Founded in 2009 by Perry Chen, Yancey Strickler, and Charles Adler, "Kickstarter" - the "crowd funding" website purview of independent film makers, playwrights,  musicians, game designers and artists, reached a milestone when in March of this year the producers of a prospective VERONICA MARS feature film shattered expectations (and fund-raising records) with nearly $6 million in fan pledges on it's original $2 million goal.   Following in it's wake, WISH I WAS HERE, the new film from Zach Braff (writer / director / star of GARDEN STATE) and producers Michael Shamberg & Stacey Sher, has ignited controversy as many are now crying "foul" in that established (and already financially viable filmmakers - Shamberg & Sher are the producers of PULP FICTION, OUT OF SIGHT, GATTACA, CONTAGION, DJANGO UNCHAINED and more) now seem to be using the Kickstarter format to augment already deep fundraising pockets to the detriment of independent and local artists truly in need.

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SHOWGUYS (Eszterhas vs. Gibson)

by Gary Keenan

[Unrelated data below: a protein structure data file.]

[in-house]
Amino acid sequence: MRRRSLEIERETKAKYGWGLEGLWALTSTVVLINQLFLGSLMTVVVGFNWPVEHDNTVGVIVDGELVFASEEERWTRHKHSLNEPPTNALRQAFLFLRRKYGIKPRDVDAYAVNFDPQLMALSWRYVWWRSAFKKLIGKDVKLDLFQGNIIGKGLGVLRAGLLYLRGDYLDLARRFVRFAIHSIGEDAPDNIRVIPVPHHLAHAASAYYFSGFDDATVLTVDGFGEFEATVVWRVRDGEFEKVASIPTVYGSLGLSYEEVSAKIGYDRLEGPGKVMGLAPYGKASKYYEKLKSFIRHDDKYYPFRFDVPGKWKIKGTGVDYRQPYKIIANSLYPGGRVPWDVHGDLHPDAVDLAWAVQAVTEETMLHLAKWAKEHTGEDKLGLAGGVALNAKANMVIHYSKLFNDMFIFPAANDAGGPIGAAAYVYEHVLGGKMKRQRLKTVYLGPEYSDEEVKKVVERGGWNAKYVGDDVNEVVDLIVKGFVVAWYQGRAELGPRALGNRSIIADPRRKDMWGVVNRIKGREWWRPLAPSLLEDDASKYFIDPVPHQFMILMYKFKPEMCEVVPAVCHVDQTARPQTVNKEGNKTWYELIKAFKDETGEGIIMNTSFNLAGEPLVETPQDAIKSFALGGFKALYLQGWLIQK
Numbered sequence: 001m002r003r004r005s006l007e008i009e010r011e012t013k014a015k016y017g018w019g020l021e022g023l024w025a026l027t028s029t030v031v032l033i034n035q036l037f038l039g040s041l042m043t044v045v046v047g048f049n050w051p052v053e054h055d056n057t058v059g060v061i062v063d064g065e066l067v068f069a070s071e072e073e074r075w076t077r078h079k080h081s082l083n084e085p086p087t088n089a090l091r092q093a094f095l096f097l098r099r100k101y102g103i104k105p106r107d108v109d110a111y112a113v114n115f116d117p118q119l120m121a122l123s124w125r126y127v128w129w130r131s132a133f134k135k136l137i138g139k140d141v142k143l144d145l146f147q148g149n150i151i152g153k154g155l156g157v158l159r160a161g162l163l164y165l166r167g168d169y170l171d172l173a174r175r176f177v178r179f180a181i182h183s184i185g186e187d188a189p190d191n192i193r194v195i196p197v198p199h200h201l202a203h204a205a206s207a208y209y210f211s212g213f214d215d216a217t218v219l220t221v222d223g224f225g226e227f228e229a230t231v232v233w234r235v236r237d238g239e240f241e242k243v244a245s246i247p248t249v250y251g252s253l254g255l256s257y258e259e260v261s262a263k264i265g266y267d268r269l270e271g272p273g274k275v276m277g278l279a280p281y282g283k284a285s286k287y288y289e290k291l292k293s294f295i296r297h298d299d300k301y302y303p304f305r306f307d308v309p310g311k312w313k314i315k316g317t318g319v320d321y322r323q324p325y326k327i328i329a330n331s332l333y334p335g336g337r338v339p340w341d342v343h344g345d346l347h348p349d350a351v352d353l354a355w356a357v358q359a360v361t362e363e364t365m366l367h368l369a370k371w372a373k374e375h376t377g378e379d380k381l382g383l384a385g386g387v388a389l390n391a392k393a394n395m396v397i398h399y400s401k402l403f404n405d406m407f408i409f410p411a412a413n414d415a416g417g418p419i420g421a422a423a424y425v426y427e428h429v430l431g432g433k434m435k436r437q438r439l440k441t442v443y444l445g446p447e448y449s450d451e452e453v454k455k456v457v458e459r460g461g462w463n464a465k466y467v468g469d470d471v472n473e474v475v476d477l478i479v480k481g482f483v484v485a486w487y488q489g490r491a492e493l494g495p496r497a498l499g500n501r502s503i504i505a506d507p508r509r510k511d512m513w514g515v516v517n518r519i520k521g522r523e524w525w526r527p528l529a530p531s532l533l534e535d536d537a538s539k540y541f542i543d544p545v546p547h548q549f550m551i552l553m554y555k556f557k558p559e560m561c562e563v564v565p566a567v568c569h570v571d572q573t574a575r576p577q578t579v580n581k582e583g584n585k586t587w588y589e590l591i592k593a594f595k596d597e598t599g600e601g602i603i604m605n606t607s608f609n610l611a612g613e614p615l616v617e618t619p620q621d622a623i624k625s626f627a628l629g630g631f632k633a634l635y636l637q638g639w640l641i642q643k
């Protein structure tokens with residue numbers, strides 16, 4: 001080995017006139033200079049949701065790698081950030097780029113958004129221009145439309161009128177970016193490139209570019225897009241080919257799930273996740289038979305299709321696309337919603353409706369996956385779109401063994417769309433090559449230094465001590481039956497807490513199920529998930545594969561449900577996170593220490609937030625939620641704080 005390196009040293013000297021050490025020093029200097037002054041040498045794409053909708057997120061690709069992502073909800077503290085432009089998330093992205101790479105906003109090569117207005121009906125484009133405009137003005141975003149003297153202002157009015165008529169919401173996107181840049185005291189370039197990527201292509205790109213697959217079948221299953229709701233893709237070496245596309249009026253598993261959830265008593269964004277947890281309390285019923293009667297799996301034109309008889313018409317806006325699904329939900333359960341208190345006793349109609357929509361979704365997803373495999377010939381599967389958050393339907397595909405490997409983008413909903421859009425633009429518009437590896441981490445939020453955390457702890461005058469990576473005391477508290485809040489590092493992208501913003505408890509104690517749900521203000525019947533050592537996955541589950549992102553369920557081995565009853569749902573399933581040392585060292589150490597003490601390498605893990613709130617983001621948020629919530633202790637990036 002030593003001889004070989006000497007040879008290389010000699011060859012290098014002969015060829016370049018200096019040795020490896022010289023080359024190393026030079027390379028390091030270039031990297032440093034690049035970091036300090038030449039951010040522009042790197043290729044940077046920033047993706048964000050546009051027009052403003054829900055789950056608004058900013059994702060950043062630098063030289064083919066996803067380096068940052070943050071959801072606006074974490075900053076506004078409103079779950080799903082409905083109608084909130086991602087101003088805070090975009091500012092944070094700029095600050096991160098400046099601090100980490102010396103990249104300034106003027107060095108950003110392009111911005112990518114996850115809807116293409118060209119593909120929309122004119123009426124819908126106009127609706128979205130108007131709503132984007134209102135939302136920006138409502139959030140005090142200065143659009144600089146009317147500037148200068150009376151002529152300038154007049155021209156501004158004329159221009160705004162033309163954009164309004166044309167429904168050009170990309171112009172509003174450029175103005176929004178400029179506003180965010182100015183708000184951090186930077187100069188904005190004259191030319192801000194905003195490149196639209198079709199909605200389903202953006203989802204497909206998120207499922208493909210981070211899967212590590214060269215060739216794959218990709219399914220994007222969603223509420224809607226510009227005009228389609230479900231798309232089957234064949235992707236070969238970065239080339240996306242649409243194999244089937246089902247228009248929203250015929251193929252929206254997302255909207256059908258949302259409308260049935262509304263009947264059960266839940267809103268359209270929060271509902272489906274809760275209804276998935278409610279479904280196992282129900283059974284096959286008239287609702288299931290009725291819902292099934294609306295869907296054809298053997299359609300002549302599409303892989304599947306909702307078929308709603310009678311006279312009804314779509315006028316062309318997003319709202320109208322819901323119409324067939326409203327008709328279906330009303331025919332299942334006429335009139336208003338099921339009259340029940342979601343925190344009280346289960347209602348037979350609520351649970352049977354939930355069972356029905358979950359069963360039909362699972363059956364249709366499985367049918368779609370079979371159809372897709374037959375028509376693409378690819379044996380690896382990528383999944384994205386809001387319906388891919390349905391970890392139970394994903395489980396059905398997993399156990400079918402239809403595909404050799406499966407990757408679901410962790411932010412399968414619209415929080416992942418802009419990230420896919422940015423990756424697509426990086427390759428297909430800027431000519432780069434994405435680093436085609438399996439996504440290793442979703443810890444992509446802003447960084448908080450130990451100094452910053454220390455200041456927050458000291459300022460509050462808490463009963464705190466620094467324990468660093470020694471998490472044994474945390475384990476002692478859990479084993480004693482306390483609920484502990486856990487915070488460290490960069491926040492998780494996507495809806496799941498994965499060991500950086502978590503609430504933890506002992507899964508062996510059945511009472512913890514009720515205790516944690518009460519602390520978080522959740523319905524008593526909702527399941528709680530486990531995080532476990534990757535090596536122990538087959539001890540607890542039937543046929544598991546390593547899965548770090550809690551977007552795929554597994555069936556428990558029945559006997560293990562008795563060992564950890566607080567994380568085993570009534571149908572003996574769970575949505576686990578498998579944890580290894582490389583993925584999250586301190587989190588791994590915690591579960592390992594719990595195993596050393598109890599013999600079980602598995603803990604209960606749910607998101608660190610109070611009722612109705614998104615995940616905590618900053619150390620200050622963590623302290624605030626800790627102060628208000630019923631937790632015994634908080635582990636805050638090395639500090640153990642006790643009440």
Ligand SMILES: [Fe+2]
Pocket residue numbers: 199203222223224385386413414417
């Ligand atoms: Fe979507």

With his broadside against Mel Gibson igniting a bit of a media firestorm, Joe Eszterhas may have stumbled upon a strategy for reviving a stalled career.   Pick a fight with a heavyweight - but a vulnerable, alienated one.

      Eszterhas, Hollywood’s highest paid screenwriter of the 80s and 90s, certainly had built a reputation as a brawler.   His hand-to- hand combat with studio executives and agents is the stuff of industry insider legend.   But this time around, he probably wasn’t looking for a fight.  By his own account, Eszterhas threw himself into Gibson’s MACCABBES project.   It was to be his defiance of the F. Scott Fitzgerald’s “no 2nd act” dictum.   For a writer who had never achieved critical acclaim to match the commercial success he enjoyed with such hits as BASIC INSTINCT and JAGGED EDGE (and even of the infamous sort with 1995's SHOWGIRLS), this was a chance to recast his legacy.   Indeed, considering the gravity of the material, MACCABES was to be his magnum opus.

Artist rendition of "Maccabbes" ("God's Hammer")

      For Gibson, who has been drifting ever so surely toward the status of erstwhile titan of the cinema, “ Maccabees” was to be a vehicle to bring him out of the wilderness. More specifically, he needed a way to counter long standing charges of anti-Semitism.  Making the “Jewish BRAVEHEART”, the story of 2nd century hero Judah Maccabbe - who lead a revolt against Hellenist hegemony, was just the ticket.  It was right up his alley.